Releases of Microsoft Office over the past 6 years have been considered evolutionary upgrades, delivering new features with each new version making life a bit easier for authors of Office documents. The release of Office 2000 in 1999 introduced tighter integration with the Web, giving users the ability to flawlessly save documents in HTML format and distribute over the Internet or Intranet, adding stronger ways of accessing information.
In Office XP version 2002, Microsoft improved upon the stance of web integration by sampling with XML, users were able to tag documents adding a bit of intelligence to Office files. Other new features in version 2002 included the controversial Task Pane, the aim of which was to make common features in the suite more accessible. Office 2003 was more about the client/server experiences; products such as Exchange Server were now a part of what became the Office System and included a number of other products such as SharePoint Portal Server and Office Live Meeting Server.
New applications were also a part of the 2003 release, InfoPath for creating forms and OneNote, a note taking application with strong focus on inking and integration with Tablet PCs. To many users, especially those running much older versions such as Office 2000, each upgrade seemed none worthy of both the cash and time. Excuses included, if it’s working well enough why try improving on it? I only use 10 percent of the features, Office is bloated, and I don’t need Microsoft Office when I have OpenOffice, which is free.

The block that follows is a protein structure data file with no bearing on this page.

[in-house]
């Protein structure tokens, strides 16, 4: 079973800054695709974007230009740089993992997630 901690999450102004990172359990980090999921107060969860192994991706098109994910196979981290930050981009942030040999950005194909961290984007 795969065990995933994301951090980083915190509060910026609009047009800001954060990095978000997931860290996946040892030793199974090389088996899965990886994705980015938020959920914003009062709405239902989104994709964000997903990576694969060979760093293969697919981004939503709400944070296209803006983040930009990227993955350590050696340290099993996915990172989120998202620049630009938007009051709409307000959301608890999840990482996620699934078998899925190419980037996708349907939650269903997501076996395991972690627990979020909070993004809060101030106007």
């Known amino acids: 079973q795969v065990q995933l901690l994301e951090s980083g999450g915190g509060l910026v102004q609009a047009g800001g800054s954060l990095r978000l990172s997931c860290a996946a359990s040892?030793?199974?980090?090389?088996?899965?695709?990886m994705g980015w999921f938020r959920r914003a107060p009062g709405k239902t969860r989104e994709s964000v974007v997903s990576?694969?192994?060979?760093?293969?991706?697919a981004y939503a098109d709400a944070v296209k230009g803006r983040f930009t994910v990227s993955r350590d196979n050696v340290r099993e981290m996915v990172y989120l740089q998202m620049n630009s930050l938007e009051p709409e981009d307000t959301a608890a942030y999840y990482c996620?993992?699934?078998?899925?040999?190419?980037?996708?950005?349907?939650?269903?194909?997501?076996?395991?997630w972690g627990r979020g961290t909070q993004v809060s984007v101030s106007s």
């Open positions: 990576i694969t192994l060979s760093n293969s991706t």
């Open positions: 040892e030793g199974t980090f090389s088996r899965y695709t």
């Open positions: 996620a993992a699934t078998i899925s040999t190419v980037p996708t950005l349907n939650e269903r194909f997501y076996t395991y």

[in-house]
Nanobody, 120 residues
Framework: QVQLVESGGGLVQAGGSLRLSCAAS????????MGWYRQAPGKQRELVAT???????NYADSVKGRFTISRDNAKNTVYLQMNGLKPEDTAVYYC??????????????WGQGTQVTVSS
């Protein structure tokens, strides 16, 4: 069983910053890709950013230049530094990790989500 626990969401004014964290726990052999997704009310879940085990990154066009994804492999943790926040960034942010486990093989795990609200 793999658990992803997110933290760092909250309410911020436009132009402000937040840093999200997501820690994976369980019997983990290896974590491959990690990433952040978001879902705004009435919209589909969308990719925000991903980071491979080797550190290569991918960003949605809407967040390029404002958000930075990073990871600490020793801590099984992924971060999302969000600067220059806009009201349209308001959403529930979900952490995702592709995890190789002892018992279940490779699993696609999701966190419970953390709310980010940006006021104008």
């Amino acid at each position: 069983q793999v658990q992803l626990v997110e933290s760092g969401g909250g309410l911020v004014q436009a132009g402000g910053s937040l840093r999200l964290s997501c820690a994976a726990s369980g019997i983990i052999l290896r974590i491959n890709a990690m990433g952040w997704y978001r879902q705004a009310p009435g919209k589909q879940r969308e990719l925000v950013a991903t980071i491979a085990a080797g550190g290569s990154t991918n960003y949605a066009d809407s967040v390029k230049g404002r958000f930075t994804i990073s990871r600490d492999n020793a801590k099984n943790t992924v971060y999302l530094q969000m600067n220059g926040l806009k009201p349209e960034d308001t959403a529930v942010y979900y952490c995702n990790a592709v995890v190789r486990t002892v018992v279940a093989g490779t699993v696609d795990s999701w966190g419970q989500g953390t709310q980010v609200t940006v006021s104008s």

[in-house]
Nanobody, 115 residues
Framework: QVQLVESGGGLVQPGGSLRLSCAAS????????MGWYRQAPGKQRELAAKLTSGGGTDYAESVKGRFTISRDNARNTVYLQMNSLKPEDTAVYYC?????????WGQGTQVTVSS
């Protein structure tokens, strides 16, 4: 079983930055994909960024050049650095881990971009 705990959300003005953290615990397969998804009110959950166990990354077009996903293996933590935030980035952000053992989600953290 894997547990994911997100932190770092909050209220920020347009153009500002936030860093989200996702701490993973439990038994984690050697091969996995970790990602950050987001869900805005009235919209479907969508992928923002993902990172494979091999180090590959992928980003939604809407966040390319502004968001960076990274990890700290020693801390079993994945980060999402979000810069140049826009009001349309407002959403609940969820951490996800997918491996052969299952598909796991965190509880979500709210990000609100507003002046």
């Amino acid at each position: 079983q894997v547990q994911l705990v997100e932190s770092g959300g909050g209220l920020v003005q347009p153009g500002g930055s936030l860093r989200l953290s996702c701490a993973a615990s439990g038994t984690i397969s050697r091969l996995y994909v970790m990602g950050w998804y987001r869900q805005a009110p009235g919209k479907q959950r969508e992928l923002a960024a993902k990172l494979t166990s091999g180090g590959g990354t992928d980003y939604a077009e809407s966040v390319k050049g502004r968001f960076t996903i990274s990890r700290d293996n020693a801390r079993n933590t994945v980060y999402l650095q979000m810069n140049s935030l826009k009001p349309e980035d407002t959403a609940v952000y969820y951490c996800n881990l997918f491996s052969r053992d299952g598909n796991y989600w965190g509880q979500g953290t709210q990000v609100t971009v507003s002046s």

Sometime in January 2007, Microsoft will launch the release of Microsoft Office 2007. The suite will be available in eight editions, Basic, Home & Student, Standard, Small Business, Professional, Ultimate, Professional Plus and Professional Enterprise. This new version is Microsoft’s most radical departure in years, interface wise and offers new features and familiar tools that are sure to have users mesmerized and perplexed at times. If one was to investigate the current Office user base they would be surprised to find users running versions of Office as far back as Office 97. I have encountered one case where a seamstress is running Office 95 and Windows 95 and doing just fine with both I might add. But for many companies the user base is primarily saturated with versions 2000 and XP with some just planning or completing their move to version 2003 over the next two years. So, where does this leave Office 2007 if so many Company’s and users are what you would describe as contented with older versions of Office?Download Part 1
Download Part 2